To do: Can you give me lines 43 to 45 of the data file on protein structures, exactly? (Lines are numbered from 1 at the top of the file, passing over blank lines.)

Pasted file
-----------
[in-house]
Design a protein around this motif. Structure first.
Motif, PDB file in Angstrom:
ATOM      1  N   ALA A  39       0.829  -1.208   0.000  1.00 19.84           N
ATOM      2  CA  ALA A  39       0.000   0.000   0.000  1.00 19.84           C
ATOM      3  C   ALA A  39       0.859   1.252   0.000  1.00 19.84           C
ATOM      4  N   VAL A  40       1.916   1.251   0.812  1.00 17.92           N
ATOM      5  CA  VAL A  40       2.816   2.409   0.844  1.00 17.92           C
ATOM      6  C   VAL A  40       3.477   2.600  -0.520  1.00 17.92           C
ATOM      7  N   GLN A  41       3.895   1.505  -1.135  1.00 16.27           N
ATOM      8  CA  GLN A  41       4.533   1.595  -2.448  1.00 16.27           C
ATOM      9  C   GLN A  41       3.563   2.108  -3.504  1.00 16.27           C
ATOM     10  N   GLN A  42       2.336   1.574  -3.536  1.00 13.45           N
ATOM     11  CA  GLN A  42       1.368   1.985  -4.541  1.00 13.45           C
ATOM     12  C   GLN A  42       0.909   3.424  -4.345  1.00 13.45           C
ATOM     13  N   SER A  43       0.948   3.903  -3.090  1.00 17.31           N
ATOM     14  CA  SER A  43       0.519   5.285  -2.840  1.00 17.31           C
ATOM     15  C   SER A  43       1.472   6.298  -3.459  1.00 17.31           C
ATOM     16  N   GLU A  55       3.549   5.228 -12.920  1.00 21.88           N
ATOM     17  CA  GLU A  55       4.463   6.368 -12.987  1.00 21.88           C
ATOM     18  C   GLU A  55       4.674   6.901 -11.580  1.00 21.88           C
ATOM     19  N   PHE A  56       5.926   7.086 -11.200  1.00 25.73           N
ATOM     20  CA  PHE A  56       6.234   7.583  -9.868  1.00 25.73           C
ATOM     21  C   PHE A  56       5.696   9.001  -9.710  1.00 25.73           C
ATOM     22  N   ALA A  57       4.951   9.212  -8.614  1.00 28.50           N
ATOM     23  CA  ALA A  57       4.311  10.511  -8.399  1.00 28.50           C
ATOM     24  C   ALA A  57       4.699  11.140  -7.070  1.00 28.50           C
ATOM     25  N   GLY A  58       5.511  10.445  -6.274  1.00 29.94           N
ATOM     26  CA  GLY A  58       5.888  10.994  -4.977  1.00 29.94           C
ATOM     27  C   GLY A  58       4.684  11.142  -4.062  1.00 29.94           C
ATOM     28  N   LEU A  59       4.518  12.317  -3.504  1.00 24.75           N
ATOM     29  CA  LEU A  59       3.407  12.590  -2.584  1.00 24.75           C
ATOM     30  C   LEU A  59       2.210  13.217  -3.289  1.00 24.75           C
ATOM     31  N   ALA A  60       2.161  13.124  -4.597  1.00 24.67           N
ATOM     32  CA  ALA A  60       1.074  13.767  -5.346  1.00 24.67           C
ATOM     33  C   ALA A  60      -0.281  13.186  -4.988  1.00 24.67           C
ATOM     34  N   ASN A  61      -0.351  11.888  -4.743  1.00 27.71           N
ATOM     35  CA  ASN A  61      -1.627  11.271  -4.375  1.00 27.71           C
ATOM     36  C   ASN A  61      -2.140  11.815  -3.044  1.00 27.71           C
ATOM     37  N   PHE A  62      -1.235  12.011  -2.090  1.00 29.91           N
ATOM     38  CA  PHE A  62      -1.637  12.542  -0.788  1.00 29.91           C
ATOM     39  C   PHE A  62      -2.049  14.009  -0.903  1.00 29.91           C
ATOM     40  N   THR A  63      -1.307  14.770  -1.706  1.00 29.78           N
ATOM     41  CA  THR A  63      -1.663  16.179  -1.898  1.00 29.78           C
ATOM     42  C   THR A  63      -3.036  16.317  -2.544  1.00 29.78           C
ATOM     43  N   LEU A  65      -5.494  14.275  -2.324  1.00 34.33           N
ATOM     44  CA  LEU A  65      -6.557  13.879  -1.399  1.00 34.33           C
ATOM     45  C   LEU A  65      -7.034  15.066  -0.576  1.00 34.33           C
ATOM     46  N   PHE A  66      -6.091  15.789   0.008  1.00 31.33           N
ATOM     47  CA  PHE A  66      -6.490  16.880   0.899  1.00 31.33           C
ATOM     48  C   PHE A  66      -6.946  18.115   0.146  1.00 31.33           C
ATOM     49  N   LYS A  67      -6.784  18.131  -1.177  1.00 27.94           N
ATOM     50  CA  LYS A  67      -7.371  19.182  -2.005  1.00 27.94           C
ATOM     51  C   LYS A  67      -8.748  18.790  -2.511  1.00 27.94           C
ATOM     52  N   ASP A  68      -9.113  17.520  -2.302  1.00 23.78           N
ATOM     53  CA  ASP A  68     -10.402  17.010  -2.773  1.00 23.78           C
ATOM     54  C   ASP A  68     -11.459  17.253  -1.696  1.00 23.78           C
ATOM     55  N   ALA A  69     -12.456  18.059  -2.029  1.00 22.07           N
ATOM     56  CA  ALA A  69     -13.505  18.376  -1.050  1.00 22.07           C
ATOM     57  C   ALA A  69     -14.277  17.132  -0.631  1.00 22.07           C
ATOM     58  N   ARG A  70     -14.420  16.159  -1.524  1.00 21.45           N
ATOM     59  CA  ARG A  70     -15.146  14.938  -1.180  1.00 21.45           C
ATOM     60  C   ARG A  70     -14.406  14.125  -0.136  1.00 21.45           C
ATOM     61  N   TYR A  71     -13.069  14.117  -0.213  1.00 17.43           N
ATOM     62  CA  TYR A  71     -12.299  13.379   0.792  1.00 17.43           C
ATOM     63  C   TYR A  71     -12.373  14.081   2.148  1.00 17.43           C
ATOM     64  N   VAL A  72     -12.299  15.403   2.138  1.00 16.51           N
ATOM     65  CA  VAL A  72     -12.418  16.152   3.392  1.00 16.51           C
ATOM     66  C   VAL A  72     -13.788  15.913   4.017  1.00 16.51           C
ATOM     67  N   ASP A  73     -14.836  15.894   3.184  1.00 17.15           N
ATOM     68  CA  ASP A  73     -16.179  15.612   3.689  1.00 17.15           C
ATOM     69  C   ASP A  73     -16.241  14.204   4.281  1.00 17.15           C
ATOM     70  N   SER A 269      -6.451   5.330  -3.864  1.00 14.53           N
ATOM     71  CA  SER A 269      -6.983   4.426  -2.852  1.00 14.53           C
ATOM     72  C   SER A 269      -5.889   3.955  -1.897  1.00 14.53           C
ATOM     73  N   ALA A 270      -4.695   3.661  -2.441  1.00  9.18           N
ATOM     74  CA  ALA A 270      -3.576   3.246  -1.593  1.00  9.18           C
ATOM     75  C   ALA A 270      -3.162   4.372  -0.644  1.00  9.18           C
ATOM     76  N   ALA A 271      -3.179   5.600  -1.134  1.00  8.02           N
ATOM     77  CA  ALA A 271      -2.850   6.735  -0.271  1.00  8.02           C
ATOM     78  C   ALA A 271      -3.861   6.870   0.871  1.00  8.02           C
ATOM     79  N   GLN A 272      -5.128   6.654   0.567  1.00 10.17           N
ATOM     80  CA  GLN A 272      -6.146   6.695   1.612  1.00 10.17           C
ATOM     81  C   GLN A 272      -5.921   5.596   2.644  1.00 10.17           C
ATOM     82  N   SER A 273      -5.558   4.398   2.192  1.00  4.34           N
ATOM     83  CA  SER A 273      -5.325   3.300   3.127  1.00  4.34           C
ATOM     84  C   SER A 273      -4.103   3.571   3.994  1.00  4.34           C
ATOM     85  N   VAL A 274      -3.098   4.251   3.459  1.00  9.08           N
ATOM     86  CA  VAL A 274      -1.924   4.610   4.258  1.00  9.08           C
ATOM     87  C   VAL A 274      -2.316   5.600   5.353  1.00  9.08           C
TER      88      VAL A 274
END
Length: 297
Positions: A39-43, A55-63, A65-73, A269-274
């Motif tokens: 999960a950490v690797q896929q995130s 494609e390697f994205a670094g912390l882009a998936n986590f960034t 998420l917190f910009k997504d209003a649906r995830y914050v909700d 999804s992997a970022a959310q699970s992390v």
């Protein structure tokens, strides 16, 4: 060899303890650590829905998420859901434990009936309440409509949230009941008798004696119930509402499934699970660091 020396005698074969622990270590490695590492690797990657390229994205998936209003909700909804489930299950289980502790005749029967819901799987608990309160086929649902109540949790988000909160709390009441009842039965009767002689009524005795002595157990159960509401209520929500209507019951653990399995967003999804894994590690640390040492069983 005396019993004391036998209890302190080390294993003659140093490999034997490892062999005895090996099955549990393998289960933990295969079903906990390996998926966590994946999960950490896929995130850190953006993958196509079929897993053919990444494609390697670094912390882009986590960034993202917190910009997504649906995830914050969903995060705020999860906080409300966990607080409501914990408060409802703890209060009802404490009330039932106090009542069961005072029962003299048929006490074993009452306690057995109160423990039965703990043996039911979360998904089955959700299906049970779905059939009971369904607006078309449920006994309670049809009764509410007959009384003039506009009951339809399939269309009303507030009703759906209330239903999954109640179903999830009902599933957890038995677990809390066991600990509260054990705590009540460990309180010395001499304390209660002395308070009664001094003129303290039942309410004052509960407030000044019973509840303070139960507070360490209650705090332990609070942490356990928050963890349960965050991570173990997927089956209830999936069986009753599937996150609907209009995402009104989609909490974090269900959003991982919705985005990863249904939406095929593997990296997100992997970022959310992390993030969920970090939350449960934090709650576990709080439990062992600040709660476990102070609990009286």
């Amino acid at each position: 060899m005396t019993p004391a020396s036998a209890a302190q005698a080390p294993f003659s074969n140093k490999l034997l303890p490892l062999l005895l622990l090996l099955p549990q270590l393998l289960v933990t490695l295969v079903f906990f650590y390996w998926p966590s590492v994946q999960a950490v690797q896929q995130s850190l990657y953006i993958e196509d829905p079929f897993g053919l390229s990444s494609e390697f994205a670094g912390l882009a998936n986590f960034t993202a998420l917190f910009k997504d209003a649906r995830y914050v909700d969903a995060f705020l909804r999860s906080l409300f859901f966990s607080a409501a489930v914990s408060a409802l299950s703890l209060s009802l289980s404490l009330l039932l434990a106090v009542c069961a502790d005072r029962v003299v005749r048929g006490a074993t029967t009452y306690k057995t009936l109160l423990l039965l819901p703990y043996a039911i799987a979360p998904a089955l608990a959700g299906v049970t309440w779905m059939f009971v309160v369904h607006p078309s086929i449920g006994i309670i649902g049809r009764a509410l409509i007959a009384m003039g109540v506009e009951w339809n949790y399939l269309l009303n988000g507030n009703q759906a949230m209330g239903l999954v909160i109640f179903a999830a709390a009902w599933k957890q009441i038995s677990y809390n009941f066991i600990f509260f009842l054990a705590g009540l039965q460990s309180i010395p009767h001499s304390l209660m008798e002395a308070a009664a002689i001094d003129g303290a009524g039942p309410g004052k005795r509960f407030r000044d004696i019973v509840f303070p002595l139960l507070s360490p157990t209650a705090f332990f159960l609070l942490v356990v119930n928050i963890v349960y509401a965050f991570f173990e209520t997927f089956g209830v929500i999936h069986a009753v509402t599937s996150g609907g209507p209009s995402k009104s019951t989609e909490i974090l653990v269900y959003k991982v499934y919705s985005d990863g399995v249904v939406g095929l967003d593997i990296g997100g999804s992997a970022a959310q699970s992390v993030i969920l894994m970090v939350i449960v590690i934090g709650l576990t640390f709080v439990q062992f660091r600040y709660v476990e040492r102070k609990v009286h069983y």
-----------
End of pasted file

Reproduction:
ATOM     40  N   THR A  63      -1.307  14.770  -1.706  1.00 29.78           N
ATOM     41  CA  THR A  63      -1.663  16.179  -1.898  1.00 29.78           C
ATOM     42  C   THR A  63      -3.036  16.317  -2.544  1.00 29.78           C